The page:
The apostle Paul was like that. We heard about him in the Epistle, the reading from Philippians. God had to knock him down and onto his butt - literally! - to get him to realize what he was doing. And that all he was doing was rubbish. Did God hate him? No, He loved Paul and had a plan for him.


And you too. I donít know what that plan is exactly and maybe you donít either. I donít know how itís going to all turn out. But it will probably be in a way we donít expect.


Last week at the conference I was at the presenter told the story of a little boy who broke one of the two bones in his forearm. The doctor didnít cast the bone right away. Instead, he asked the parents to leave the room for a moment, and then he took the boyís arm and snapped the other bone over his knee - so that the first-broken-bone would heal properly; that both would heal together. When they parents heard what had happened, they asked the boy if it hurt. He said no; it actually started to feel better right away.


In ways we do not expect. Thatís how it is all through the Bible. I think weíve kind of lost that perspective, because a lot of the stories in the Bible are familiar to us and we donít get so surprised anymore. But if you could read the Bible again for the first time, I think youíd get to a lot of points where you think: Oh, yeah, I know what Godís going to do . . . and then the exact opposite happens. He snaps the bone. And it doesnít seem right and it doesnít seem good, and the folks in the Bible wonder: What are you doing God? Have you forgotten us God? Why is this happening, God? God, are you mad?


Maybe you too?


Finally he sent his son to them, saying, ĎThey will respect my son.í But when the tenants saw the son, they said to themselves, ĎThis is the heir. Come, let us kill him and have his inheritance.í And they took him and threw him out of the vineyard and killed him.


Good grief, God! Are you mad? After all that, what makes you think they will respect your Son?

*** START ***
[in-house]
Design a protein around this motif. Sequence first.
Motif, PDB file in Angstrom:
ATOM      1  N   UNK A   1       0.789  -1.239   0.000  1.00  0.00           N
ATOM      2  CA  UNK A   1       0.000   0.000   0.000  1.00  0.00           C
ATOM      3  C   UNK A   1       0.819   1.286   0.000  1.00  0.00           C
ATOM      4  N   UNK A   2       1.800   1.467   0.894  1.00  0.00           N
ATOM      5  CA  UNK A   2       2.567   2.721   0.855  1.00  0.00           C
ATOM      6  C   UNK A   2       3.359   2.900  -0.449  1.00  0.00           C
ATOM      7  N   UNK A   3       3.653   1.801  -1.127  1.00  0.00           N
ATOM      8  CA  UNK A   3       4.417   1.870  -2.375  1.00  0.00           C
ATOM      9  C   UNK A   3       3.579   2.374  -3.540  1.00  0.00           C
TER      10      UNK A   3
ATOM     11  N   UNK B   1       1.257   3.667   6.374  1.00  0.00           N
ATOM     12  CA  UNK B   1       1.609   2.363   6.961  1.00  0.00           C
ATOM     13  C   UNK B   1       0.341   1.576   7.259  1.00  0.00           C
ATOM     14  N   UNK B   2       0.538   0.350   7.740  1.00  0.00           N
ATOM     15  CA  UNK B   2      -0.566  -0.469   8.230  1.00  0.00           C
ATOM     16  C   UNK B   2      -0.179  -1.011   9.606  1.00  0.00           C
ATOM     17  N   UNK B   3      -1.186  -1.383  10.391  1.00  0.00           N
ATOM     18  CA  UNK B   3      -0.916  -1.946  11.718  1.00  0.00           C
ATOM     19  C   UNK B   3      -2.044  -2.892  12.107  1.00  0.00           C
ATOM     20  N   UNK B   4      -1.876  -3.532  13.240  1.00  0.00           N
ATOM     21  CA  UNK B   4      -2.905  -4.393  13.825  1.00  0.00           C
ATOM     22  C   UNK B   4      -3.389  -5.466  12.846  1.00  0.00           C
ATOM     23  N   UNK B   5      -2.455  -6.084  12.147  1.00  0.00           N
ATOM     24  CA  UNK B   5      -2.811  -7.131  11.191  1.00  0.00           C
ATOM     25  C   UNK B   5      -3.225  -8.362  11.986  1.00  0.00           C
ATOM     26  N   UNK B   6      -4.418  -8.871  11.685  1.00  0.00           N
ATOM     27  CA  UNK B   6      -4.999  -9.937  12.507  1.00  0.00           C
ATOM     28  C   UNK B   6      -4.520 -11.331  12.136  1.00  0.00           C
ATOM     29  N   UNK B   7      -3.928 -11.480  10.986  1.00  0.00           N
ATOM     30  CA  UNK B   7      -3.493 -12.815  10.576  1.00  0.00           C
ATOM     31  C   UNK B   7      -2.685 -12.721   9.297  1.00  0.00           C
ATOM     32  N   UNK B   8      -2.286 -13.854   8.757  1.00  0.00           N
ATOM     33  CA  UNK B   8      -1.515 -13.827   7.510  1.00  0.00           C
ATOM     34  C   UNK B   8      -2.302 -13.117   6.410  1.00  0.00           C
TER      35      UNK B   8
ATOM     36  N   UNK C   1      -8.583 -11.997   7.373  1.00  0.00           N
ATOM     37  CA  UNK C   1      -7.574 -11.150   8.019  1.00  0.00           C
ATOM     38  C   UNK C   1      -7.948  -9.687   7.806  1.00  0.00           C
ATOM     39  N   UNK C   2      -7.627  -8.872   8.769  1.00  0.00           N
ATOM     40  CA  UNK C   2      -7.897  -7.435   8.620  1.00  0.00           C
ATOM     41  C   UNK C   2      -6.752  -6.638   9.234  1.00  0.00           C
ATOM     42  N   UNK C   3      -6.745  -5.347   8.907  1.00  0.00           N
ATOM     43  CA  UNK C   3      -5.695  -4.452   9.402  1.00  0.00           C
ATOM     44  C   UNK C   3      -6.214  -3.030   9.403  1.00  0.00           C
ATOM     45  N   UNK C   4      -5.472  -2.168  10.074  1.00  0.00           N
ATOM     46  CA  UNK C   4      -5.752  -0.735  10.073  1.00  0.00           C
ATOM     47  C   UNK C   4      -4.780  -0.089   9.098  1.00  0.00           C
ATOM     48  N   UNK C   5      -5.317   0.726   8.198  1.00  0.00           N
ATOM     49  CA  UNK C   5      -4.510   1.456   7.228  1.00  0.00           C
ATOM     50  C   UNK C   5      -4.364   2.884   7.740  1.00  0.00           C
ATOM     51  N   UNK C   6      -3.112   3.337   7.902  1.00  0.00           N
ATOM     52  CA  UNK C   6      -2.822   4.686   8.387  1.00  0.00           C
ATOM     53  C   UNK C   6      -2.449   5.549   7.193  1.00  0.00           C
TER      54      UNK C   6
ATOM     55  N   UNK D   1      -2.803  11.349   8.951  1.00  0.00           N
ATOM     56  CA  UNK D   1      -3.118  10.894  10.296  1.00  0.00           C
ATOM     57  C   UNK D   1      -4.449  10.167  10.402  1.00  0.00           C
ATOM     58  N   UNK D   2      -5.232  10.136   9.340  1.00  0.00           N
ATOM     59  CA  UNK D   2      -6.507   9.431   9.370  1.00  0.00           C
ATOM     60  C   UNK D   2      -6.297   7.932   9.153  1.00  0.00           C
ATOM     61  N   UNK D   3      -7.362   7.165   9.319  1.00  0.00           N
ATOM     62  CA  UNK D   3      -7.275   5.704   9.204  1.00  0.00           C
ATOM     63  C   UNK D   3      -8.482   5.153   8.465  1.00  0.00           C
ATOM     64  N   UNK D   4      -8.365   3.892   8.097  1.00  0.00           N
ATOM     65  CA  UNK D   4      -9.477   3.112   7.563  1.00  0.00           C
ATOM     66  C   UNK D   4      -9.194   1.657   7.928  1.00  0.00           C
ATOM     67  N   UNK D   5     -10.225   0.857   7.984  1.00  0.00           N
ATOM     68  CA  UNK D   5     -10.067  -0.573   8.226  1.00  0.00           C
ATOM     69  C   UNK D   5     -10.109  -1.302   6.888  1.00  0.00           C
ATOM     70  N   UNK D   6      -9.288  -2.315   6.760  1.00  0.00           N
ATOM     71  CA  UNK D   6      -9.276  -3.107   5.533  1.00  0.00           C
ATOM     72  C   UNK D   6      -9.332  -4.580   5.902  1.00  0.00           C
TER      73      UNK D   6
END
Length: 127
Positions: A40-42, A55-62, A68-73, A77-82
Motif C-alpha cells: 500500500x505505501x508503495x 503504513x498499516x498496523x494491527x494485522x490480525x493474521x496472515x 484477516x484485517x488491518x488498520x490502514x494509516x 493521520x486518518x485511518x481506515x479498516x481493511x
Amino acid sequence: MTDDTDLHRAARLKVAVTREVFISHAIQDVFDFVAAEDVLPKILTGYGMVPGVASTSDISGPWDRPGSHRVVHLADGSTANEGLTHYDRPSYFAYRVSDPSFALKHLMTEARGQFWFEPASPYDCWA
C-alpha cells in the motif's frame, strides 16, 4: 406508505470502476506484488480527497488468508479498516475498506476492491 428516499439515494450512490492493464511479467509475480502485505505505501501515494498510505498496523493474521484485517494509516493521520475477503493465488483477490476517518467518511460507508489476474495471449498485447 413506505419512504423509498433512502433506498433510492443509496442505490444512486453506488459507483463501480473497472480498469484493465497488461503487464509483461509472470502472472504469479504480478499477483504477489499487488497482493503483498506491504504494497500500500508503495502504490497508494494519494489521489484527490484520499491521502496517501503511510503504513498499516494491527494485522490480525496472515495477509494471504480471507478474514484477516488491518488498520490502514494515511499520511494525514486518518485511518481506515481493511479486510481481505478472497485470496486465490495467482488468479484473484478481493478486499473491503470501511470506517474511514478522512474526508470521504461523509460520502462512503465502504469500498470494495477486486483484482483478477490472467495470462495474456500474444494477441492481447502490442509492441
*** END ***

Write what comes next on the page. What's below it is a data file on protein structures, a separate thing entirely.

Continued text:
Well, God was doing something marvelous. Something to marvel at. Something unexpected. Laying a cornerstone. And itís not just Jesus who is the cornerstone - His gravestone is the cornerstone. His gravestone that once sealed Him in the tomb, but now risen from the dead is that stone upon which He builds His Church. Itís not Jesus as teacher or Jesus as a good man or Jesus as example or Jesus as moral leader, but Jesus thrown out and killed - but now risen and alive again - that is the cornerstone. That a Church can be built on. That our lives can be built on.


So the question really isnít: God, what are you doing? Or, God, do you really love me? But this: What is God doing to save your life?


What trouble is He not allowing you to get into? What difficulty is He keeping you in because itís ultimately going to help you? What trial is strengthening you? What weakness causing you to rely on Him?


Of course, you can go all sour grapes on Him. You can throw Him and His Son out of your vineyard. You can go after a life all your own rather than have His life that will last forever. You can do that.


Or, you can repent of all that rubbish in your life. But donít rely on your own judgment for that - because maybe youíre nose blind to just how bad your life smells right now and you think you smell good and are doing pretty good. Donít believe your nose - or your eyes for that matter. Believe the Word of God. That what God says is bad really is bad, and what He says is good really is, too.


So whatever your life, your vineyard, looks like right now . . . if itís all dried up, itís nothing that the water of God canít make grow. The water of baptism which gives new life. If itís full of wild, sour grapes, itís nothing that the forgiveness of God canít make sweet and good again. And it your vines are all puny and weak and stringy, theyíre nothing that food of God canít strengthen. The Body and Blood of Jesus that change even the worst vines into good vines.


Because you really are, as Isaiah said, Godís beloved. And God really did send His Son to die for you. And He is really working all things to save your life.


So maybe the words of the apostle Paul are good advice for us today.

But one thing I do: forgetting what lies behind and straining forward to what lies ahead, I press on toward the goal for the prize of the upward call of God in Christ Jesus.


Straining. Pressing. Those arenít easy words. Theyíre faith words.


My life isnít what I thought it would be. Iíll strain forward.


Things are falling apart. Iíll press on toward the goal.


Iím surrounded by sinners and those who hurt me. Iíll forgive.


Itís too hard, too confusing, too much. Iíll rely on His strength, not mine.


I donít understand. Iíll rely on His Word, His wisdom, not mine.


I canít do it. Thatís exactly right. But His cross which breaks is followed by resurrection. And not just on the last day - but even now. A new life for you now. Just ask Paul.


This is the Lordís doing; and it is marvelous.


The stone that the builders rejected [really] has become the cornerstone.


Oh give thanks to the Lord, for he is good; for his steadfast love [really does] endure forever!


And yes, for you.


In the Name of the Father, and of the (+) Son, and of the Holy Spirit. Amen.


Now the peace of God which passes all understanding, keep your hearts and minds through faith in Christ Jesus, our Lord.  Amen.